If Fried’s hitless outing evoked a sense of déjà vu, that’s because he did a very similar thing just 12 days earlier. On April 29 in Seattle, he and the Mariners’ Bryce Miller each held the opposing lineup hitless through six innings, the first time two pitchers did that in the same game in just over three full years. Miller faltered first, giving up an infield single to Ronald Acuña Jr., who came around to score; meanwhile, Fried departed after 100 pitches, and while Pierce Johnson pitched a hitless seventh inning, Joe Jiménez surrendered a single in the eighth. Unlike on Saturday, the Braves lost that one on a walk-off homer. Read the rest of this entry »

Jay Jaffe FanGraphs Chat – 5/14/24

Avatar Jay Jaffe: Good afternoon, folks!

Avatar Jay Jaffe: Welcome to another edition of my Tuesday chat. I’ve got a piece up today on Jung Ho Lee and the Giants’ unrelenting wave of injuries (…). Yesterday I wrote about Jo Adell finally breaking through ( — a piece I’d had in mind for a few weeks after a reader asked about him here in a chat!

Avatar Jay Jaffe: All of which is to say that in addition to having a good time interacting with our readers in these chats, they’re a good place to get an idea of what you folks are interested in, and I come out of each one with at least a couple of ideas — not all of which come to fruition, but they’re still useful. So thank you for that. And now, on with the show

Shotamania: Shota has the lowest ERA in his first 8 starts (0.96) since Fernando Valenzuela way back in 1981.  I’m just old enough to remember Fernando-mania.  Should we be talking about Shotamania?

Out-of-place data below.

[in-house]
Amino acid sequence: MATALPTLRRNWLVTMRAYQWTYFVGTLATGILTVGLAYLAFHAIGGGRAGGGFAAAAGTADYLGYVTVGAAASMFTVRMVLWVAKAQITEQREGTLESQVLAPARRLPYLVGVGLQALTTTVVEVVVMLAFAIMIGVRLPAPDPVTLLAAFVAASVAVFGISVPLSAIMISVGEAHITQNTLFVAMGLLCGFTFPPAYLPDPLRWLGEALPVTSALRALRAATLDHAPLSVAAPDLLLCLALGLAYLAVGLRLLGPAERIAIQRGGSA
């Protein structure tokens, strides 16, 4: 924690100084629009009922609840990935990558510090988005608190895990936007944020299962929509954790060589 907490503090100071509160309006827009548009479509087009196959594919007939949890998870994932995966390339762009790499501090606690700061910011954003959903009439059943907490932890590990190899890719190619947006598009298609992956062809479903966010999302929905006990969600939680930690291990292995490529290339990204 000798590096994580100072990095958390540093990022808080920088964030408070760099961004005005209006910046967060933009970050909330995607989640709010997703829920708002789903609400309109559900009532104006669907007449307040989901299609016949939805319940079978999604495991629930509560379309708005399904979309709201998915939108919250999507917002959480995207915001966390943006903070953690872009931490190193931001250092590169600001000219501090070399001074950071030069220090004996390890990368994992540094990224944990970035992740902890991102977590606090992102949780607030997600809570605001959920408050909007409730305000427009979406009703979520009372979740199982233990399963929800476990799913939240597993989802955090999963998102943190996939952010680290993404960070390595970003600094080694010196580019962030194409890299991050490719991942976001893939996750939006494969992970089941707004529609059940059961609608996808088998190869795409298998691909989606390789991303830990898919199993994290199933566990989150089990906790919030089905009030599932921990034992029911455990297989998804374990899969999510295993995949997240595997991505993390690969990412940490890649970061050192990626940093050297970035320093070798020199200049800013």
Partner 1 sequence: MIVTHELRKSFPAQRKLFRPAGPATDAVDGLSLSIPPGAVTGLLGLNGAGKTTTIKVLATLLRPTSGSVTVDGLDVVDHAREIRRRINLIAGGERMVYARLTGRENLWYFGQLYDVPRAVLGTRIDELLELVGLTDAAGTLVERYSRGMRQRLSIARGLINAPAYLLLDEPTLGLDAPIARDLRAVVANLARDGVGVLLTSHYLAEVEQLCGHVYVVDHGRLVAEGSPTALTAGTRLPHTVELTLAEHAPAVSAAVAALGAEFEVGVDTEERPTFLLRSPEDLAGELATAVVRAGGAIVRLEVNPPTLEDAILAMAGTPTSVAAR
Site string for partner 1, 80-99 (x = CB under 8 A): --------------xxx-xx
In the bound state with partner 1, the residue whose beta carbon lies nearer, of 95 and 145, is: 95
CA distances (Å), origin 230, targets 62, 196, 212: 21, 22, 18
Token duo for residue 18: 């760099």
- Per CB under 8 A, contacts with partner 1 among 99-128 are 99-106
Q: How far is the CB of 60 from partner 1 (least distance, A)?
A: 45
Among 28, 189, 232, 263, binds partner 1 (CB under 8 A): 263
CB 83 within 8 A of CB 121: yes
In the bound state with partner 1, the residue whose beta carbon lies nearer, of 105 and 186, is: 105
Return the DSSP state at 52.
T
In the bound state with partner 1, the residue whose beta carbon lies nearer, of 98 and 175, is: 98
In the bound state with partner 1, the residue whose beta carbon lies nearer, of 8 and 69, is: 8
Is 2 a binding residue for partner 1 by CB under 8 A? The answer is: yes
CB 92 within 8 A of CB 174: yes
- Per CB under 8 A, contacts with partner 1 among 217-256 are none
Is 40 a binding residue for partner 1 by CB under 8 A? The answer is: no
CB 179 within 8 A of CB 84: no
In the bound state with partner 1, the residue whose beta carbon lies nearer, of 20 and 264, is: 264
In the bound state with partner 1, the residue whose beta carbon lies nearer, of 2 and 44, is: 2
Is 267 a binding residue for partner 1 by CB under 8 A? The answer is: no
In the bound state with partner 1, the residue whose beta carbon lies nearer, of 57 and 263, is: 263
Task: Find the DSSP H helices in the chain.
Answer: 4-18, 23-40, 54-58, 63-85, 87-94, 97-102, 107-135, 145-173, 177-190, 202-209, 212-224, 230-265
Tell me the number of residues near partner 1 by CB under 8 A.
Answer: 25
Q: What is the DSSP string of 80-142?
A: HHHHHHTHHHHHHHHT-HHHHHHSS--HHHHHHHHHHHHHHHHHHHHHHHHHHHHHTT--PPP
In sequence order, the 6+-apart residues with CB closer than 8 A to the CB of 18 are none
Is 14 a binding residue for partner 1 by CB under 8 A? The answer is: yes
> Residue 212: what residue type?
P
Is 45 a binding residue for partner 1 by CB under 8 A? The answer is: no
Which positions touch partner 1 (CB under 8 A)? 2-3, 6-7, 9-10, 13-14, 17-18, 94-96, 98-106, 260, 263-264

Avatar Jay Jaffe: As somebody whose baseball fandom was in full flower during Fernandomania — I cut his box scores out of the Salt Lake Tribune and taped them into a three-ring binder — I’ve thought about this comparison, and even considered doing a Shotamania piece, but  Kyle Kishimoto, who’s not old enough to remember Fernando, beat me to the coverage

Avatar Jay Jaffe: Obviously, Imanaga is on an impressive run, with a 0.96 ERA and 2.30 FIP through eight starts. Is it a mania? I don’t think it’s had anywhere near the cultural impact of Fernandomania, which tapped into the Los Angeles Dodgers’ original sin of building their ballpark at Chavez Ravine, which forced the eviction of nearly 2,000 Mexican-American families living there.

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Jung Hoo Lee Goes Down Amid a Brutal String of Giants Injuries

Robert Edwards-USA TODAY Sports

Despite a strong late-winter effort to beef up their roster by adding big-name free agents Jorge Soler, Matt Chapman, and Blake Snell in February and March, the Giants have stumbled out of the gate. They haven’t even been at .500 since March 31, when they were 2-2, and now they’re 19-24 and in the midst of an unrelenting wave of injuries that has thinned their roster. The most serious is that of Jung Hoo Lee, who dislocated his left shoulder trying to make a run-saving catch in Sunday’s win over the Reds and could be out for several weeks, or even months.

The play occurred in the top of the first inning at Oracle Park, after the Reds loaded the bases against starter Kyle Harrison on a hit-by-pitch, two steals, a throwing error, and a walk. With two outs, Jeimer Candelario hit a high 104-mph drive to deep center field. At the warning track, Lee leaped for the ball, but it bounced off the padding on top of the wall instead of hitting his glove. On his way down, he smacked his left forearm into the padding; his elbow and then his back both hit the chain link fence (!) below the padding, jamming his left shoulder. He went down hard as all three runners scored, and after several minutes on the ground, left the game accompanied by head athletic trainer Dave Groeschner, who held Lee’s arm in place.